How Has Immigration Shaped Ireland?
How Has Immigration Shaped Ireland?

There are over 500,000 non-Irish nationals living in Ireland, which accounts for more than 10% of the population. This wave of immigration has had a strong influence on the country over the past two decades, shaping it into a diverse, multi-cultural society.

Irish immigration: then and now

In the past, Ireland has been associated less with immigration and more with emigration. The Great Famine of the 1840s prompted many to leave the country in search of a better life. This trend continued throughout the 20th Century, with many Irish citizens seeking new opportunities in countries like the USA, Australia and Britain.

Now, however, it’s a different story. Ireland has experienced a reversal of fortunes in recent years. The economic boom of the 1990s made Ireland an attractive proposition, bringing a steady flow of migrants and asylum seekers. For the first time in modern history, Ireland became a country of net immigration.

The 2008 recession hit the country hard, but the economy has now recovered – and 10 years later, immigration levels hit their peak. According to the Central Statistics Office, 90,300 people moved to Ireland between April 2017 and April 2018, representing the highest level of immigration since the economic downturn.

These days, the Emerald Isle still retains a distinctly Irish flavour. But it is also a melting pot of cultures, ethnicities and beliefs. And happily so. A 2018 report produced by the Social Change Initiative found that Irish people view themselves as ‘open, tolerant, optimistic and welcoming’ when it comes to the integration of refugees and migrants.

The Irish Diaspora Strategy

Those emigrating to Ireland come from all walks of life, from both within the European Union and outside. Yet there’s also a new kind of migration happening, in that more and more Irish nationals are returning home from overseas. This is a reversal of the so-called ‘brain drain’, where a lack of jobs previously forced many Irish citizens to seek career opportunities abroad.

Now, Ireland is known for its educated workforce. Start-up companies and major tech firms have put roots down in Ireland, making it a magnet for skilled labour. Unemployment rates are low, hovering at around 4.93% in 2019, as opposed to 12.61% in 2009. This has drawn many people back to the country, something that the government is keen to encourage.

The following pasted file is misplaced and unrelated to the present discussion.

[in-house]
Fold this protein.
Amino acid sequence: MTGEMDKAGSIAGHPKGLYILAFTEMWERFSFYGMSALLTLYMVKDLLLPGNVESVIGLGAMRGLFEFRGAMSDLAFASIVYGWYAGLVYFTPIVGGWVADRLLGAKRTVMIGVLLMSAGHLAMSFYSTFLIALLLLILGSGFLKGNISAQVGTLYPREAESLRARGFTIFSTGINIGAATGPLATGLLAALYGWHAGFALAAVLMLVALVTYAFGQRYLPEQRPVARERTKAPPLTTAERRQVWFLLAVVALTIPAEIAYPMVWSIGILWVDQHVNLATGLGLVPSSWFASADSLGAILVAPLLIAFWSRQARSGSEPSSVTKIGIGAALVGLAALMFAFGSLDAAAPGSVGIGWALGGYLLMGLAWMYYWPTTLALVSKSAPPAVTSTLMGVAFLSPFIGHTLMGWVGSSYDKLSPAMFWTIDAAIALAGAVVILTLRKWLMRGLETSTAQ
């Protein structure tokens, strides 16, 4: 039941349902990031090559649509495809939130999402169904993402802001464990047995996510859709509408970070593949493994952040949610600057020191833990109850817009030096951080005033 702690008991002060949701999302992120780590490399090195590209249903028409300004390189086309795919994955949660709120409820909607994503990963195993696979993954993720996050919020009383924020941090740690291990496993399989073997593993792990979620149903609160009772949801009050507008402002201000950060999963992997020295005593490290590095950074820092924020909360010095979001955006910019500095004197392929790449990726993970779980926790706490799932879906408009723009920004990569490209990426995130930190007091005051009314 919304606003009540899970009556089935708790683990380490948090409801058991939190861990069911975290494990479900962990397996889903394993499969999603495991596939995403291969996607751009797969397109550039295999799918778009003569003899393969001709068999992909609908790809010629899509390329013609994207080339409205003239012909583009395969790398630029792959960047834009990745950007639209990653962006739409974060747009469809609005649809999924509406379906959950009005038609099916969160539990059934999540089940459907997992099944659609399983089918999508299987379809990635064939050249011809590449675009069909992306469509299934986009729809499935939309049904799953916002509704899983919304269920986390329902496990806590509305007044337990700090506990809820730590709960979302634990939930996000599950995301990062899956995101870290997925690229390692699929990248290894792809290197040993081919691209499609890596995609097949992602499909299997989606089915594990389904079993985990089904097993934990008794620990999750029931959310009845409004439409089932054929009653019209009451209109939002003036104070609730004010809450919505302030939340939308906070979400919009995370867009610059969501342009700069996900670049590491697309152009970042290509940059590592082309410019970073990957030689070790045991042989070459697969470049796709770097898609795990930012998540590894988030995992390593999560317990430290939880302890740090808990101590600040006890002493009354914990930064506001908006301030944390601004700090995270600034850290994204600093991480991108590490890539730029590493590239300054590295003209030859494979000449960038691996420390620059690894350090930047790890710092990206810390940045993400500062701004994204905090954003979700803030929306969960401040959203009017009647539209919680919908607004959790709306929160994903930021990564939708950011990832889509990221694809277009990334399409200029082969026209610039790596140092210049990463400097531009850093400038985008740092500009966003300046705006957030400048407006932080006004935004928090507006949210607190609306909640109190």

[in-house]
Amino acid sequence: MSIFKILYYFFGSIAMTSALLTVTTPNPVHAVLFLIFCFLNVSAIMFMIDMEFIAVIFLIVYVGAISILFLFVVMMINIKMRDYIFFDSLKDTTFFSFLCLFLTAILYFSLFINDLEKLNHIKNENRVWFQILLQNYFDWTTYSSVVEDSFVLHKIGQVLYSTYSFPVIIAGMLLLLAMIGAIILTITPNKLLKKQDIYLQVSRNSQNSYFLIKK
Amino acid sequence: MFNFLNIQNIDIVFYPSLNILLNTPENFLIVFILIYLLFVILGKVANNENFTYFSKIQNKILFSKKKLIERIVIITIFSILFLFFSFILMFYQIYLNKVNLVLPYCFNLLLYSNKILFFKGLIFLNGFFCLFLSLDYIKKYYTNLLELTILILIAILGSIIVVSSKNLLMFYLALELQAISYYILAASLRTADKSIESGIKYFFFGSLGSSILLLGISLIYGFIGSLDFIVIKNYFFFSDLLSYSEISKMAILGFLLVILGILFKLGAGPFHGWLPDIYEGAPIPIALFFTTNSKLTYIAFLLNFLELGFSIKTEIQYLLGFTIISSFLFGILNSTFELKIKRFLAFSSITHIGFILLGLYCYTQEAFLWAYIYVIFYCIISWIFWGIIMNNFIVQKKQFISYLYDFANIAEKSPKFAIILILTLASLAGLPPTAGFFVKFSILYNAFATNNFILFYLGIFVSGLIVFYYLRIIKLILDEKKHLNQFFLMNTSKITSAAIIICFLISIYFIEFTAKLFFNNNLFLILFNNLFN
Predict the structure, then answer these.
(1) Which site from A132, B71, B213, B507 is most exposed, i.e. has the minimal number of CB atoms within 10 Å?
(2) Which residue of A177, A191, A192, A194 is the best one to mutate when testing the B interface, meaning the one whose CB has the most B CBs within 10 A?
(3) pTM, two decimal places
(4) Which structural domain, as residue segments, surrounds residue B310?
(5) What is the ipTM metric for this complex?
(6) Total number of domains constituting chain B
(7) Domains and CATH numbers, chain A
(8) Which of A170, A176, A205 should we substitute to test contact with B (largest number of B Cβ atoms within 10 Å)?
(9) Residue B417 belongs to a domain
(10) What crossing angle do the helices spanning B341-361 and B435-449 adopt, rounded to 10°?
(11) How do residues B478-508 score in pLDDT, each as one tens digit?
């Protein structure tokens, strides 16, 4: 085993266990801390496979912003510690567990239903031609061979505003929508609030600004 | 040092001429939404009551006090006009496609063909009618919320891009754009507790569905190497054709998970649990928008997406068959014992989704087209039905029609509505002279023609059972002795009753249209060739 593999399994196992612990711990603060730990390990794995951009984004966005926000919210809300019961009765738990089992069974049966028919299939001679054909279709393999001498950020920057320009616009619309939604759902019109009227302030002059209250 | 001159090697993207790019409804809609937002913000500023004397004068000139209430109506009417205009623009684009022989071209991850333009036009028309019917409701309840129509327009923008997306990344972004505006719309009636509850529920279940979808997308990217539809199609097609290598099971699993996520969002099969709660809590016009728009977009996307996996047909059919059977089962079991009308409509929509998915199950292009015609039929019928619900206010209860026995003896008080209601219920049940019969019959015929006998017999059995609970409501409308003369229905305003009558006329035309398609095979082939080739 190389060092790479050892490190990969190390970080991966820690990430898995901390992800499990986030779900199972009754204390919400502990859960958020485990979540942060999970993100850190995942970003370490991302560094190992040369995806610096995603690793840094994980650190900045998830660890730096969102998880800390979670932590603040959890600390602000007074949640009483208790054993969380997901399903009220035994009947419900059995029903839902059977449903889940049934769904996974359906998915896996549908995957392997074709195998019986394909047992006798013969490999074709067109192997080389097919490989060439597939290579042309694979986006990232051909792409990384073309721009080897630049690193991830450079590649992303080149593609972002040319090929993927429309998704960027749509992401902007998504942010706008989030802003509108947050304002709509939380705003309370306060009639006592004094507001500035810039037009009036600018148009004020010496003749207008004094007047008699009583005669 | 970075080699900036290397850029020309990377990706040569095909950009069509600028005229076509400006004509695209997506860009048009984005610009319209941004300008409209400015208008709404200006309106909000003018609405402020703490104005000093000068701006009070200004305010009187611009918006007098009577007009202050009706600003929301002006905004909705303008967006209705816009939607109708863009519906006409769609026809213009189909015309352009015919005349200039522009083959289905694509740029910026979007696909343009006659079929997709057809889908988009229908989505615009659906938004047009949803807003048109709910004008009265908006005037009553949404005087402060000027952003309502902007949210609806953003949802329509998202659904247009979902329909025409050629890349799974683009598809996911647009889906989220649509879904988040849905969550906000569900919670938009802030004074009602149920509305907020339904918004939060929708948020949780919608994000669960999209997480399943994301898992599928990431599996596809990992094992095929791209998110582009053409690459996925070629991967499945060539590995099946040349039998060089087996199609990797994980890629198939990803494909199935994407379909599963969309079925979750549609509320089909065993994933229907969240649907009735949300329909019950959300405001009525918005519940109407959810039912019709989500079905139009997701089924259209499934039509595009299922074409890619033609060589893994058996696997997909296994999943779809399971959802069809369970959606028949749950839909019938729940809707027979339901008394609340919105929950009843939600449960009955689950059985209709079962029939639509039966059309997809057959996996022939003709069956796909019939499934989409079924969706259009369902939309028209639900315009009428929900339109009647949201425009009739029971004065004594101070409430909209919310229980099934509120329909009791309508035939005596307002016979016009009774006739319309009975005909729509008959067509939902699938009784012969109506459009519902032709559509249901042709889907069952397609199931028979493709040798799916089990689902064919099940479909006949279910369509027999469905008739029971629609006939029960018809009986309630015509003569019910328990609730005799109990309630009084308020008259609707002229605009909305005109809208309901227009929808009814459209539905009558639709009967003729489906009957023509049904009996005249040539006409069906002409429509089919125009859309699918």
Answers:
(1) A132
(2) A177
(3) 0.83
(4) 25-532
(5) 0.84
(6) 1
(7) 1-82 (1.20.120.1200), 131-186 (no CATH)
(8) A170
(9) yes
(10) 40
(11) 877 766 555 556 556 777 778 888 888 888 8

So much so, in fact, that the government has launched the Irish Diaspora Strategy. This seeks to support and engage with the 70 million people living across the globe who are either Irish-born or have Irish ancestry. According to the strategy document, over the next five years the Global Ireland programme aims to:

  • Ensure the welfare of the Irish abroad
  • Promote Irish values abroad and celebrate the diversity of the Irish diaspora
  • Built mutually beneficial economic ties
  • Support cultural expression among the Irish diaspora
  • Extend Ireland’s global reach by connecting with the next generation

Do you have Irish ancestry?

The Irish Diaspora Strategy could, in turn, have an impact on immigration to Ireland. According to the document, the strategy will ‘make concerted efforts to connect with people born outside the island of Ireland who are entitled to Irish citizenship.’ This will entail:

  • Supporting events aimed at connecting with Irish citizens born outside the island of Ireland to welcome them as part of Ireland’s diaspora
  • Providing, as part of Foreign Births Registration, information on how to connect to Ireland and engage with diaspora communities across the world
  • Introducing ceremonies to welcome new citizens receiving Foreign Births Registration certificates in locations abroad

This could open the doors of immigration to those who are entitled to an Irish passport, but who have not yet acted on this privilege – either because they did not realise it, or because they didn’t know where to start. The question is: do you have Irish ancestry? If so, it could be easier than ever to work and study in Ireland.

Benefits of emigrating to Ireland

While the Emerald Isle was previously seen as a place with few prospects, it is now the second wealthiest country in the EU. This has attracted a thriving international community. Those looking to emigrate give Ireland serious consideration, and with good reason.

There are numerous benefits of moving to Ireland, including employment opportunities, a diverse workforce and, of course, the welcoming Irish culture. We explore some of the benefits of emigrating to Ireland in greater detail below.

Employment opportunities

Ireland has bounced back from the economic recession of 2008 and is now enjoying healthy employment growth. Job opportunities abound, particularly in sectors such as technology, tax, accounting, engineering and healthcare.

Lenient tax laws and the UK’s exit from the European Union have persuaded many companies to move their headquarters to Ireland. Tech giants like Google, Facebook and Microsoft have main offices in Ireland, while the provision of start-up grants is helping fledgling businesses across the country. Migrants therefore have the option of working for small independent companies, or for large international corporations.